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Another week of war




Another week of war


Yet another week of emotional whiplash from the events in Israel. The seesaw of emotions – from some measure of relief at seeing hostages released (although forever scarred and many coming home to f their immediate family members were murdered) to the horror of the continuing Hamas terror activities (once again wantonly murdering civilians in Israel proper) – is exhausting. Sadly, the pain and suffering that are the inevitable outcomes of war are not foreign to the national psyche of the Jewish people.


The good news is that, although throughout several millennia of history, the Jewish nation has seen more than its fair share of wars, the Jewish nation has not only survived but thrived. It can even be argued that it has contributed – perhaps more than any other people – to the development and progress of humanity over the last three thousand years.


Today's Israel Defense Forces (IDF), a recognized superior military power, has its roots in history as well. This week we celebrate the holiday of Hanukah, which commemorates the victory of the ancient Maccabees and Jewish values over the Hellenistic culture of the Greek Empire. To give you a brief taste of the instability in the region here is a “CliffsNotes” version of that history.


After the Babylonians destroyed the first Temple in 586 BCE, they were defeated by the Persians and Israel became a vassal state for two centuries to Persia. During this time the Persians allowed the Jewish people to rebuild the Holy Temple and life resumed some semblance of normalcy.

Then along came Alexander the Great and his quest for world domination. Alexander the Great conquered Persia and in doing so most of the world. At that time Persia controlled most of the world and in the blink of an eye it all fell to the Greeks. Israel suddenly found itself the vassal state of Macedonia, a Greek state.


This “great” Greek empire lasted no longer than Alexander’s brief life; after his death, in-fighting between his generals led to the division of his empire among three generals. One general, Antigonus and then later Ptolemy, inherited Egypt; another, Seleucus, inherited the Middle East and Mesopotamia.


After two centuries of peace under the Persians, the Hebrew state found itself once again caught in the middle of a power struggle between two great empires: the Seleucid state, with its capital in Syria to the north, and the Ptolemaic state, with its capital in Egypt to the south. Israel would be conquered first by one, and then by the other, as it shifted from being a Seleucid vassal state to a Ptolemaic vassal state. Between 319 and 302 BCE, Jerusalem changed hands seven times.

Like most others in the region, the Jews bitterly resented the Greeks. They were more foreign than any group they had ever seen. In a state founded on maintaining the purity of the Jewish religion and Torah values, the gods of the Greeks were wildly offensive. In a modest society that was rigidly opposed to the exposure of the body, the Greek practices of wrestling in the nude and dressing skimpily were quite appalling. The culture clash between authentic Judaism and Greek Hellenism made them incompatible.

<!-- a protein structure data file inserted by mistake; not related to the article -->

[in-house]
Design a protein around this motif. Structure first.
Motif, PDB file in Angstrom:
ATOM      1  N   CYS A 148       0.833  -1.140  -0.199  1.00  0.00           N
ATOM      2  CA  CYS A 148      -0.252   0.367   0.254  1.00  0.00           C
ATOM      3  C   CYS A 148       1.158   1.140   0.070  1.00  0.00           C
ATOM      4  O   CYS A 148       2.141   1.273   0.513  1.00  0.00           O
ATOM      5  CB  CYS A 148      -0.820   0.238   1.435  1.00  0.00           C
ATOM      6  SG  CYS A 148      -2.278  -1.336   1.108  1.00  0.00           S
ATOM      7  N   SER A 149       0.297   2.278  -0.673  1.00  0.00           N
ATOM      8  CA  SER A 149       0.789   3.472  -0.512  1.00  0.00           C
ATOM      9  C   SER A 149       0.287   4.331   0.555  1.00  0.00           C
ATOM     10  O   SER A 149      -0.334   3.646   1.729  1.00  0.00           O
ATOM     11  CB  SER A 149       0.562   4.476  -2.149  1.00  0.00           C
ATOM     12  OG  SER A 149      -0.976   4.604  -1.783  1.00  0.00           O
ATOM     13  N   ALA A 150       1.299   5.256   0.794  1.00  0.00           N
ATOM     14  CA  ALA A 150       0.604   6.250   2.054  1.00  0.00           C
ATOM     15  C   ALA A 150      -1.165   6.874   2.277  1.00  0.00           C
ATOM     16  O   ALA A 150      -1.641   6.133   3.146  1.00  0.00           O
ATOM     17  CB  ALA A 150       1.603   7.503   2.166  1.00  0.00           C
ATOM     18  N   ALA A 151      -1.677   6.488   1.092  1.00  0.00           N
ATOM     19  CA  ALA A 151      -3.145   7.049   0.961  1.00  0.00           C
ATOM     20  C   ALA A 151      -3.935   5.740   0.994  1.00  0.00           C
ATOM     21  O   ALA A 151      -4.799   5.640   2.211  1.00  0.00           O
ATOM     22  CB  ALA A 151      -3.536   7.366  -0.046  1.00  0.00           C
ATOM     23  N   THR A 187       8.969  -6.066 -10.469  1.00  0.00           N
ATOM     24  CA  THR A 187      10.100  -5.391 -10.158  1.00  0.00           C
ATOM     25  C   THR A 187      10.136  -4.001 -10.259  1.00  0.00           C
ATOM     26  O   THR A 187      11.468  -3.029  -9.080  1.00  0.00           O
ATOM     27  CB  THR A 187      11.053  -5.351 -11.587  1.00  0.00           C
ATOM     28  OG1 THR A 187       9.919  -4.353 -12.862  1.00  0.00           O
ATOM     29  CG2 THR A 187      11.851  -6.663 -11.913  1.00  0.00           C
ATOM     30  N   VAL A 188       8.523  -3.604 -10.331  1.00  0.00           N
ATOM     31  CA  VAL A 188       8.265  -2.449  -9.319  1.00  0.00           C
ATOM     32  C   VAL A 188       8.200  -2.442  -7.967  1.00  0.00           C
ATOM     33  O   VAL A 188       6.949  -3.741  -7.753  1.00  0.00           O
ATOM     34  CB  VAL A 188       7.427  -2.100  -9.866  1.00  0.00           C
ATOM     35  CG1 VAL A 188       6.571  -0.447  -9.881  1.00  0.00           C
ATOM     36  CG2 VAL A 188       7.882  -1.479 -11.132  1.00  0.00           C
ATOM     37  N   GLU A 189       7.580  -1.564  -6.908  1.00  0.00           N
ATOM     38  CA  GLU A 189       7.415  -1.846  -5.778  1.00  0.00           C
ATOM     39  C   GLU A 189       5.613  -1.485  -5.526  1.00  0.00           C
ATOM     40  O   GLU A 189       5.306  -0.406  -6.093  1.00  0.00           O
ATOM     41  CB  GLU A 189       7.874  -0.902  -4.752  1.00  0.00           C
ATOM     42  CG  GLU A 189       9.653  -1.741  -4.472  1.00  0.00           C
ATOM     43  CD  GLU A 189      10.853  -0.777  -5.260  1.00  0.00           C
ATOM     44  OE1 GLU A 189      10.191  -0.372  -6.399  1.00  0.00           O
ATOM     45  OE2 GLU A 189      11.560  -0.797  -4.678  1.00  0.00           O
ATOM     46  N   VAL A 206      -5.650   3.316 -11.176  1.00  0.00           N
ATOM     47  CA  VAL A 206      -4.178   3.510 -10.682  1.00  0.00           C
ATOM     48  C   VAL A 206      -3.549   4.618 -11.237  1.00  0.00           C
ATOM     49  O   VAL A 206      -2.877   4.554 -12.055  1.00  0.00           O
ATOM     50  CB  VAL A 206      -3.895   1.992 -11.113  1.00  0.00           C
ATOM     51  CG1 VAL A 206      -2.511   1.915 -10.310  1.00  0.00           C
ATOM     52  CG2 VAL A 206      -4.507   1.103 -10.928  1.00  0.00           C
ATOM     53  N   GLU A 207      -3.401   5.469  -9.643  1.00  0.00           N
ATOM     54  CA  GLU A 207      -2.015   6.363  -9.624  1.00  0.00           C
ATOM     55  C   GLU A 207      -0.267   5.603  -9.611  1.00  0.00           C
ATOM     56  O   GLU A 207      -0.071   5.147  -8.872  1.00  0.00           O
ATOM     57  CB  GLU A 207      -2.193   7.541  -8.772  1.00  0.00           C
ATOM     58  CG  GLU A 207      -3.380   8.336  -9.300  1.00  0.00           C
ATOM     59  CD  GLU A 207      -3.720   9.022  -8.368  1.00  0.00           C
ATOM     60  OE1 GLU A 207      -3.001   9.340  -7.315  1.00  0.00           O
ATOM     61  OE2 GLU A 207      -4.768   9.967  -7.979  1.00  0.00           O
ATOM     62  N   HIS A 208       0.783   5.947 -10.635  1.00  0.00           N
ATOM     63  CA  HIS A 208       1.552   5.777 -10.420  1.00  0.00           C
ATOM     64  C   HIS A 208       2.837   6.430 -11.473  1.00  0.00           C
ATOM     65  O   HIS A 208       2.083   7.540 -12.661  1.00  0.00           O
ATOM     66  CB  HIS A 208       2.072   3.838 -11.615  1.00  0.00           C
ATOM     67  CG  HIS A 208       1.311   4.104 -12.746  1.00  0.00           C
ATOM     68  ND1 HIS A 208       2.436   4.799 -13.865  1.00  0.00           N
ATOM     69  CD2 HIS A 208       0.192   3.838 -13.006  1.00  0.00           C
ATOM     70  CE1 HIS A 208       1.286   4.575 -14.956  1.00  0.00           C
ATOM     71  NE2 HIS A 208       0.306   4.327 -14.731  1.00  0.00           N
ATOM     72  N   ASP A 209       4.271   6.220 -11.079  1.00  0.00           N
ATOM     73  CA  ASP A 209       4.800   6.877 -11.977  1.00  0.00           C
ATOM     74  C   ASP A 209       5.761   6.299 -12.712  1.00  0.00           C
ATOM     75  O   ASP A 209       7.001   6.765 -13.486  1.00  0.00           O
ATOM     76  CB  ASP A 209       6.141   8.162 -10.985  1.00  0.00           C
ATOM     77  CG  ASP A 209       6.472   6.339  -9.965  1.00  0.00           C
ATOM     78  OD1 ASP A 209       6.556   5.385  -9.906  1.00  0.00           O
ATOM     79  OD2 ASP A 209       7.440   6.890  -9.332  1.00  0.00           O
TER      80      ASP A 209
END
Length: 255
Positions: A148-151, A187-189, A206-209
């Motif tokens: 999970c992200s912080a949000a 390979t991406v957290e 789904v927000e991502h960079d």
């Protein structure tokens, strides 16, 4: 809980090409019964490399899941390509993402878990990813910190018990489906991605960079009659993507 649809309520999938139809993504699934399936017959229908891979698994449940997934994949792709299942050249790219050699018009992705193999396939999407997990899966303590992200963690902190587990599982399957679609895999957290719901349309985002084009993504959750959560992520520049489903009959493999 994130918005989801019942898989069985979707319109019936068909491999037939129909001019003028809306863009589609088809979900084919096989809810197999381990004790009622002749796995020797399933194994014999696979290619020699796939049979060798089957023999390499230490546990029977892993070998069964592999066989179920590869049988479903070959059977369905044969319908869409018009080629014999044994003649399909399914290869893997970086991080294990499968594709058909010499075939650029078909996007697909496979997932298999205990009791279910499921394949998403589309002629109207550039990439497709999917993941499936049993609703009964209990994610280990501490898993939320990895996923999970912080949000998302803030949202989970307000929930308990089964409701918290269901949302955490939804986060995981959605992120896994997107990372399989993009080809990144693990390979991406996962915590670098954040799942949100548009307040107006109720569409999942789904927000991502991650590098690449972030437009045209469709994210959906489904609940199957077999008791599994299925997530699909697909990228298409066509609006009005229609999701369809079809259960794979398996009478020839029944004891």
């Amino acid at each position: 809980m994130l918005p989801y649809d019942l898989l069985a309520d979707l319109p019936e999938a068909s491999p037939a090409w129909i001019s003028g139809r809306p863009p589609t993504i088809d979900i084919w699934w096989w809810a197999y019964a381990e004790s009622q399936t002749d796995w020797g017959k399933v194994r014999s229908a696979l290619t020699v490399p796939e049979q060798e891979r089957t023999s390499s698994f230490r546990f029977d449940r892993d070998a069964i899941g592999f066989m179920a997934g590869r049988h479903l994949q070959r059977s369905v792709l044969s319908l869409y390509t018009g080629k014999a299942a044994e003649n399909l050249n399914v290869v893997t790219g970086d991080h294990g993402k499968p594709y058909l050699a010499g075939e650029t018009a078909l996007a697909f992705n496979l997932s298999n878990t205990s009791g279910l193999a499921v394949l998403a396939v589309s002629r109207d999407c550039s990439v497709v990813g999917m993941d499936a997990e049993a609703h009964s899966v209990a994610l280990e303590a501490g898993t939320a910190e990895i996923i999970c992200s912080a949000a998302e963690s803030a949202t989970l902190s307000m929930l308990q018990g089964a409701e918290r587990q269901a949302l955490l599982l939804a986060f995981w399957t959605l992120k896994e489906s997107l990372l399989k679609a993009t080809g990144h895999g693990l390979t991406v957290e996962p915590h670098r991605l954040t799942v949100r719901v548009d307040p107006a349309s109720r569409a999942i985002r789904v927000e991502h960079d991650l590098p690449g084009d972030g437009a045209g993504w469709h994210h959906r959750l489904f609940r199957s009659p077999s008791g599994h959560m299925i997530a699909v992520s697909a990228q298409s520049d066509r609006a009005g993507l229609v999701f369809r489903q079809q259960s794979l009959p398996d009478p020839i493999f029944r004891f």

In 167 BCE, the Syrian-Greek emperor Antiochus decided it was time to destroy Judaism and incorporate the Land of Israel and its inhabitants into his empire. His soldiers descended upon Jerusalem, massacring thousands of people and desecrating the city’s holy Second Temple by erecting an altar to Zeus and sacrificing pigs within its sacred walls.


However, the evil Antiochus knew that a mere physical attack on the Jews would not accomplish his goal. Instead, he decided to focus on destroying the structure of Judaism. He knew that the secret to the survival and longevity of the Jewish people lay in the highly structured personal and communal lifestyle dictated by the Torah. Antiochus was no fool – he knew that the only way to destroy Judaism was to disassemble that structure.


First, he prohibited studying and teaching the Torah. Next, he issued a ban prohibiting the practice of three mitzvot (commandments):

1) Shabbat observance

2) sanctifying of the new month (establishing the first day of the month by testimony of witnesses who saw the new moon)

3) brit mila (entering the Covenant of Abraham through Torah-ordained circumcision).


Why these three mitzvot? Shabbat observance signifies that God is the creator and sustainer of the universe and that His Torah is the blueprint of creation – imbuing the world with meaning and values.


Sanctifying the new moon determines the monthly calendar and the exact dates of the Jewish holidays. Without a functioning calendar there would be communal chaos.